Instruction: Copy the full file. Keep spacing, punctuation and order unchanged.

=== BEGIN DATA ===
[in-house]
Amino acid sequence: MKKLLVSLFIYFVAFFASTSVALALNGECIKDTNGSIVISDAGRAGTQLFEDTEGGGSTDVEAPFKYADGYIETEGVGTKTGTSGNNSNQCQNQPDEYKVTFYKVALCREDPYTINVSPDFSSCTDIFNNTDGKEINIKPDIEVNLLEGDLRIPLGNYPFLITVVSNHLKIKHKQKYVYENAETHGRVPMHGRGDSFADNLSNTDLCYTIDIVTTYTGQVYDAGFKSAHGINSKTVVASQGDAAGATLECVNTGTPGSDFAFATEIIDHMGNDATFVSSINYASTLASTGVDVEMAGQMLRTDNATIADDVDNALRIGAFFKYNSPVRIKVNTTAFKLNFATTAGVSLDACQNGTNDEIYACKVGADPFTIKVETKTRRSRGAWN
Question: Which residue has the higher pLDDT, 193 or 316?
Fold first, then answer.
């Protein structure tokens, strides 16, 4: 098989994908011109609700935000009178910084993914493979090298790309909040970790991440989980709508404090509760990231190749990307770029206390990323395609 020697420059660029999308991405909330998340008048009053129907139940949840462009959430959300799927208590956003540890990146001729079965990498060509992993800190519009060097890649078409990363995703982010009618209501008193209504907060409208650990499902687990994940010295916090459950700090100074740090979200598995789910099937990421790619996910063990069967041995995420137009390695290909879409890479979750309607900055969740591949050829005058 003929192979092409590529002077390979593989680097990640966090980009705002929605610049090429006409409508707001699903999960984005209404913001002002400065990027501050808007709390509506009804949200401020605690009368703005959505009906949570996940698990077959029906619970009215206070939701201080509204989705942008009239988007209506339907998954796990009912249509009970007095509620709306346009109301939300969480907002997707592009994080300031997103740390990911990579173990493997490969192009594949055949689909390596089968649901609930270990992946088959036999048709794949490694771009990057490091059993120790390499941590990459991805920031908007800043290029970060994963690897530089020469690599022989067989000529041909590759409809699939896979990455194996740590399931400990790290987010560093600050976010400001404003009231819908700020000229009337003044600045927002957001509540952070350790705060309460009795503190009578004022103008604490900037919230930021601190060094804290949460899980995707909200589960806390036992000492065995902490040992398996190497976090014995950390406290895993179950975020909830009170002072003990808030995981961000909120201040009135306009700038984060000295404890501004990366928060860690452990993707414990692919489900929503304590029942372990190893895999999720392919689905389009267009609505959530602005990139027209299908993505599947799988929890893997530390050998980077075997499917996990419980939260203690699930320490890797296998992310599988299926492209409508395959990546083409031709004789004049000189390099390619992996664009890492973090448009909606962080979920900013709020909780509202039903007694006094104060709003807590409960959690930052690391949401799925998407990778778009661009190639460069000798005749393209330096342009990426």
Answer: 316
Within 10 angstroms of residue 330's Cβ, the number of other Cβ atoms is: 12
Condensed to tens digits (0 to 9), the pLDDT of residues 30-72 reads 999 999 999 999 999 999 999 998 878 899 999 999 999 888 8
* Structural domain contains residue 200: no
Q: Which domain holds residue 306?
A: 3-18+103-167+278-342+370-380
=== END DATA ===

[in-house]
Amino acid sequence: MKKLLVSLFIYFVAFFASTSVALALNGECIKDTNGSIVISDAGRAGTQLFEDTEGGGSTDVEAPFKYADGYIETEGVGTKTGTSGNNSNQCQNQPDEYKVTFYKVALCREDPYTINVSPDFSSCTDIFNNTDGKEINIKPDIEVNLLEGDLRIPLGNYPFLITVVSNHLKIKHKQKYVYENAETHGRVPMHGRGDSFADNLSNTDLCYTIDIVTTYTGQVYDAGFKSAHGINSKTVVASQGDAAGATLECVNTGTPGSDFAFATEIIDHMGNDATFVSSINYASTLASTGVDVEMAGQMLRTDNATIADDVDNALRIGAFFKYNSPVRIKVNTTAFKLNFATTAGVSLDACQNGTNDEIYACKVGADPFTIKVETKTRRSRGAWN
Question: Which residue has the higher pLDDT, 193 or 316?
Fold first, then answer.
């Protein structure tokens, strides 16, 4: 098989994908011109609700935000009178910084993914493979090298790309909040970790991440989980709508404090509760990231190749990307770029206390990323395609 020697420059660029999308991405909330998340008048009053129907139940949840462009959430959300799927208590956003540890990146001729079965990498060509992993800190519009060097890649078409990363995703982010009618209501008193209504907060409208650990499902687990994940010295916090459950700090100074740090979200598995789910099937990421790619996910063990069967041995995420137009390695290909879409890479979750309607900055969740591949050829005058 003929192979092409590529002077390979593989680097990640966090980009705002929605610049090429006409409508707001699903999960984005209404913001002002400065990027501050808007709390509506009804949200401020605690009368703005959505009906949570996940698990077959029906619970009215206070939701201080509204989705942008009239988007209506339907998954796990009912249509009970007095509620709306346009109301939300969480907002997707592009994080300031997103740390990911990579173990493997490969192009594949055949689909390596089968649901609930270990992946088959036999048709794949490694771009990057490091059993120790390499941590990459991805920031908007800043290029970060994963690897530089020469690599022989067989000529041909590759409809699939896979990455194996740590399931400990790290987010560093600050976010400001404003009231819908700020000229009337003044600045927002957001509540952070350790705060309460009795503190009578004022103008604490900037919230930021601190060094804290949460899980995707909200589960806390036992000492065995902490040992398996190497976090014995950390406290895993179950975020909830009170002072003990808030995981961000909120201040009135306009700038984060000295404890501004990366928060860690452990993707414990692919489900929503304590029942372990190893895999999720392919689905389009267009609505959530602005990139027209299908993505599947799988929890893997530390050998980077075997499917996990419980939260203690699930320490890797296998992310599988299926492209409508395959990546083409031709004789004049000189390099390619992996664009890492973090448009909606962080979920900013709020909780509202039903007694006094104060709003807590409960959690930052690391949401799925998407990778778009661009190639460069000798005749393209330096342009990426």
Answer: 316
Within 10 angstroms of residue 330's Cβ, the number of other Cβ atoms is: 12
Condensed to tens digits (0 to 9), the pLDDT of residues 30-72 reads 999 999 999 999 999 999 999 998 878 899 999 999 999 888 8
* Structural domain contains residue 200: no
Q: Which domain holds residue 306?
A: 3-18+103-167+278-342+370-380